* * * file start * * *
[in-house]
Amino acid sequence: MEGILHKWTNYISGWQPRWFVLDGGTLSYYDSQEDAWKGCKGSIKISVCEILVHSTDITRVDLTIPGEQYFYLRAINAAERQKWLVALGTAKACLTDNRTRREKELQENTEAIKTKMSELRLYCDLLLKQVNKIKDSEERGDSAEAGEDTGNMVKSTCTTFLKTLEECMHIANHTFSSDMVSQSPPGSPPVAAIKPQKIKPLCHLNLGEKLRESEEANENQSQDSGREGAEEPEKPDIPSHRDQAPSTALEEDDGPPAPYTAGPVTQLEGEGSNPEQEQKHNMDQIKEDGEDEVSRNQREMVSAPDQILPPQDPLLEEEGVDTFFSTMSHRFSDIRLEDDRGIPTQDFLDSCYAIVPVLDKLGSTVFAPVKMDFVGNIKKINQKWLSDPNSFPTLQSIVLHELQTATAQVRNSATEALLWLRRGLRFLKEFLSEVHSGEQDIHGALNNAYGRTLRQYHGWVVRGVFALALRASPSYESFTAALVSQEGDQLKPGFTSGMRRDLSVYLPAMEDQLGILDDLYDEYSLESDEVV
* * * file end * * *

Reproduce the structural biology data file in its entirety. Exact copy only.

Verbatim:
[in-house]
Amino acid sequence: MEGILHKWTNYISGWQPRWFVLDGGTLSYYDSQEDAWKGCKGSIKISVCEILVHSTDITRVDLTIPGEQYFYLRAINAAERQKWLVALGTAKACLTDNRTRREKELQENTEAIKTKMSELRLYCDLLLKQVNKIKDSEERGDSAEAGEDTGNMVKSTCTTFLKTLEECMHIANHTFSSDMVSQSPPGSPPVAAIKPQKIKPLCHLNLGEKLRESEEANENQSQDSGREGAEEPEKPDIPSHRDQAPSTALEEDDGPPAPYTAGPVTQLEGEGSNPEQEQKHNMDQIKEDGEDEVSRNQREMVSAPDQILPPQDPLLEEEGVDTFFSTMSHRFSDIRLEDDRGIPTQDFLDSCYAIVPVLDKLGSTVFAPVKMDFVGNIKKINQKWLSDPNSFPTLQSIVLHELQTATAQVRNSATEALLWLRRGLRFLKEFLSEVHSGEQDIHGALNNAYGRTLRQYHGWVVRGVFALALRASPSYESFTAALVSQEGDQLKPGFTSGMRRDLSVYLPAMEDQLGILDDLYDEYSLESDEVV